Before I forget, if you are looking for good and cheap meat for a barbecue, there is nothing wrong with Checkers.

Books and more books

There are good independent bookstores in Cape Town, such as The Book Lounge in Roeland Street and Clarke's in Long Street. The Cafda (Cape Flats Development Association) bookstore in Sea Point sells second-hand books and has an enormous collection of old and new. The income goes to poor communities.

Maybe it's time to bring back the old guard like John Steinbeck, Graham Greene, James Baldwin and Maya Angelou. Charles Dickens, even if he uses too many adjectives, remains the master of the cliffhanger.

There is also the Tears bookshop (The Emma Animal Rescue Society) in Fish Hoek, located in the Valyland Centre. The centre's architecture is so ugly, don't look. Just park your car and run to the bookstore. Inside you will be safe.

A regular customer is an old friend of mine, Father Harry Wiggett. He was Nelson Mandela's priest. He looks like an archetypal preacher; if you run into him there, feel free to talk to him.

When you're done buying your books, walk quickly to your car and don't look at anything. Get going, you came to buy books, not to faint from the ugliness around you.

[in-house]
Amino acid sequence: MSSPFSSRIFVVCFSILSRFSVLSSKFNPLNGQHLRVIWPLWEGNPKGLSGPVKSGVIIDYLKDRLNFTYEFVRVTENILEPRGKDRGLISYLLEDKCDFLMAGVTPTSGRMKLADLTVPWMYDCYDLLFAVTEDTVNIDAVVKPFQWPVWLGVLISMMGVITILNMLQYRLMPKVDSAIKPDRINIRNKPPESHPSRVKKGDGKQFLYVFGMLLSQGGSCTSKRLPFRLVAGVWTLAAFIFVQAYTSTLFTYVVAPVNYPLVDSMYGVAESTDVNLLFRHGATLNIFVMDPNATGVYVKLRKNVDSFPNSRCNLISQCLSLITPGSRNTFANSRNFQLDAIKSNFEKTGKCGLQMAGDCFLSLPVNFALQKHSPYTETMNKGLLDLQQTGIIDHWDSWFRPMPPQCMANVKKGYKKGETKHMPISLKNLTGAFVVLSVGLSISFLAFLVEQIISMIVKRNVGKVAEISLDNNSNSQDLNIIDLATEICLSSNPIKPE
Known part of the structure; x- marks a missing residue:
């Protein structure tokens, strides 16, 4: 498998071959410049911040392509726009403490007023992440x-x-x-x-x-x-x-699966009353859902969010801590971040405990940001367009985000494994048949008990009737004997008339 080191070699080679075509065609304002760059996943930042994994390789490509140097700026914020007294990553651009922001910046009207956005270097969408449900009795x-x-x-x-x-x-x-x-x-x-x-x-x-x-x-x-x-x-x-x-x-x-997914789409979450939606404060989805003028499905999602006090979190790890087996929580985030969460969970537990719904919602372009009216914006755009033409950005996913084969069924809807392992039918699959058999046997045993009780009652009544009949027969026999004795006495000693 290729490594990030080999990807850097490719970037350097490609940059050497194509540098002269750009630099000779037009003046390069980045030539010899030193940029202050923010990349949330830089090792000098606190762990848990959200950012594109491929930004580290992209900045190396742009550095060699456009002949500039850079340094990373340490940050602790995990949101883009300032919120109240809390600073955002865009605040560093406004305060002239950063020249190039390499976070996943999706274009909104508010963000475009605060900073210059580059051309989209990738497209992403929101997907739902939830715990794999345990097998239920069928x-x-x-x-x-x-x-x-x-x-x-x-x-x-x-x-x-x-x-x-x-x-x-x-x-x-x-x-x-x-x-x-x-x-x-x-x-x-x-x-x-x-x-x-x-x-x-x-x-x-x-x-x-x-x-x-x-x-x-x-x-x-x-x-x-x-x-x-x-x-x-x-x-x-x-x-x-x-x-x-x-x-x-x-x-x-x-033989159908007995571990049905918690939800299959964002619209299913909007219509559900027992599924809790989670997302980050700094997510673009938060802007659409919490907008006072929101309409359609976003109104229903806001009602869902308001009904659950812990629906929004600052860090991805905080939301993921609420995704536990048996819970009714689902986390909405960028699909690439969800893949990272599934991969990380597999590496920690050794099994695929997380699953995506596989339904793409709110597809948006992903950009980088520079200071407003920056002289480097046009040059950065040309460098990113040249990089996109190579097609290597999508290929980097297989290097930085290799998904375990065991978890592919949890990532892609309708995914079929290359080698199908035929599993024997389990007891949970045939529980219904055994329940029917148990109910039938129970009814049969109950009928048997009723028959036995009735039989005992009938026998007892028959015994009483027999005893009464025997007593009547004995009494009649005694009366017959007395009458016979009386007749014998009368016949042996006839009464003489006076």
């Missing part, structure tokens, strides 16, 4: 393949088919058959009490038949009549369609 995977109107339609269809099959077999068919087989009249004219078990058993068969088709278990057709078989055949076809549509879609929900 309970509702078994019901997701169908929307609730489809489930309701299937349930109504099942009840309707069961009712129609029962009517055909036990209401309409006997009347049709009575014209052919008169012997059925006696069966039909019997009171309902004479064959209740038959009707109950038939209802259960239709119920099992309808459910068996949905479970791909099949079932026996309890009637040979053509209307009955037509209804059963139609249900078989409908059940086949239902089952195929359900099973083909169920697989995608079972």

Gallivant all you want

If you crave a busy nightlife, avoid Long Street. This place has lost its lustre and I have heard too many stories of assaults, thefts and shots being fired.

I drove through there at night and the smell of vomit hung over the place. It is safer during the day. Unfortunately, many of the lovely old buildings are painted so brightly; it is completely out of touch with the architectural history of this street.

This place is  a good example of a tourist trap. There is one highlight though, namely Revelas Fisheries. The food is fresh, the interior is beautiful with its small, colourful mosaic tiles, and it is one of the oldest fish and chip shops in the Cape. Clarke's bookshop is also just a stone's throw away.

For a wild but safer nightlife atmosphere, try Kloof Street. So many eateries and bars have opened, the whole street vibrates under your feet. It feels like the earthquake in 1969. Walk from top to bottom and choose where you want to eat or hang out.

Lower Main Road in Observatory also has a nice spirit, as does Regent Road in Sea Point. Just remember, if you don't like crowds, stay away, but you have to at least dip your toes in the hot water of the demi-monde.

Get thee hence, Satan!

I am intensely happy that the Waterfront creates so many jobs for people and that it is of world standard, but if you are looking for calm, find your salvation elsewhere. The prices are aimed at overseas visitors and the smell of Mammon is suffocating. Better spend your money on a visit to the District Six Museum and the South African Jewish Museum.

Walk through the peaceful Company's Garden for free and take a look at the South African National Gallery. Just a short walk away is the Iziko South African Museum with its interesting collections of African zoology, palaeontology and archaeology.